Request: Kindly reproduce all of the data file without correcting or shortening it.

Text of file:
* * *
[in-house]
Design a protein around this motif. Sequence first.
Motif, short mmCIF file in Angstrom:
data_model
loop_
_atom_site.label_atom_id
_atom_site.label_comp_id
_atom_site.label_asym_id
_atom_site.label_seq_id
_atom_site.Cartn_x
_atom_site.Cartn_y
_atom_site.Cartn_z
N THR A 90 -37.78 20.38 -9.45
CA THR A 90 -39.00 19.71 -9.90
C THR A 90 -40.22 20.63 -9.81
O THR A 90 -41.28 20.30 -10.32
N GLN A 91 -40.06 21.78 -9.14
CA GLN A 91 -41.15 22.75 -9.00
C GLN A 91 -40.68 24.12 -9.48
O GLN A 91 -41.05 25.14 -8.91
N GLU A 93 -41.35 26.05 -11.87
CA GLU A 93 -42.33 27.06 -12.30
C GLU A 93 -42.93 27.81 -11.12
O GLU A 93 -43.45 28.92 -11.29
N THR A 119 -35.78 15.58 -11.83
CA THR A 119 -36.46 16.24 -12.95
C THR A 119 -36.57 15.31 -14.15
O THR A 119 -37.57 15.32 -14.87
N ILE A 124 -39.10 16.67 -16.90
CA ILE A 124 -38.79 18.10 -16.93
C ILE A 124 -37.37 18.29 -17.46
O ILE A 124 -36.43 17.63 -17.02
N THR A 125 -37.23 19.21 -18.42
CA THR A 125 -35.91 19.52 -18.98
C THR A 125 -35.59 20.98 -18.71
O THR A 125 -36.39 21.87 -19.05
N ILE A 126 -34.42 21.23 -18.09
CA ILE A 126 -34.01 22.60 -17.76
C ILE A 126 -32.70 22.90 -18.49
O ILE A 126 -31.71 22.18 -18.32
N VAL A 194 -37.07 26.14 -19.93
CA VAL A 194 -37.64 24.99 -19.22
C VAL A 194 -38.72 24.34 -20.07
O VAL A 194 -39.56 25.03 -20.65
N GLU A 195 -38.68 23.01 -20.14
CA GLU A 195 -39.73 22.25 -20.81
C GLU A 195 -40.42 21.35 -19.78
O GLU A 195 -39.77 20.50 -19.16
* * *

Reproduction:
[in-house]
Design a protein around this motif. Sequence first.
Motif, short mmCIF file in Angstrom:
data_model
loop_
_atom_site.label_atom_id
_atom_site.label_comp_id
_atom_site.label_asym_id
_atom_site.label_seq_id
_atom_site.Cartn_x
_atom_site.Cartn_y
_atom_site.Cartn_z
N THR A 90 -37.78 20.38 -9.45
CA THR A 90 -39.00 19.71 -9.90
C THR A 90 -40.22 20.63 -9.81
O THR A 90 -41.28 20.30 -10.32
N GLN A 91 -40.06 21.78 -9.14
CA GLN A 91 -41.15 22.75 -9.00
C GLN A 91 -40.68 24.12 -9.48
O GLN A 91 -41.05 25.14 -8.91
N GLU A 93 -41.35 26.05 -11.87
CA GLU A 93 -42.33 27.06 -12.30
C GLU A 93 -42.93 27.81 -11.12
O GLU A 93 -43.45 28.92 -11.29
N THR A 119 -35.78 15.58 -11.83
CA THR A 119 -36.46 16.24 -12.95
C THR A 119 -36.57 15.31 -14.15
O THR A 119 -37.57 15.32 -14.87
N ILE A 124 -39.10 16.67 -16.90
CA ILE A 124 -38.79 18.10 -16.93
C ILE A 124 -37.37 18.29 -17.46
O ILE A 124 -36.43 17.63 -17.02
N THR A 125 -37.23 19.21 -18.42
CA THR A 125 -35.91 19.52 -18.98
C THR A 125 -35.59 20.98 -18.71
O THR A 125 -36.39 21.87 -19.05
N ILE A 126 -34.42 21.23 -18.09
CA ILE A 126 -34.01 22.60 -17.76
C ILE A 126 -32.70 22.90 -18.49
O ILE A 126 -31.71 22.18 -18.32
N VAL A 194 -37.07 26.14 -19.93
CA VAL A 194 -37.64 24.99 -19.22
C VAL A 194 -38.72 24.34 -20.07
O VAL A 194 -39.56 25.03 -20.65
N GLU A 195 -38.68 23.01 -20.14
CA GLU A 195 -39.73 22.25 -20.81
C GLU A 195 -40.42 21.35 -19.78
O GLU A 195 -39.77 20.50 -19.16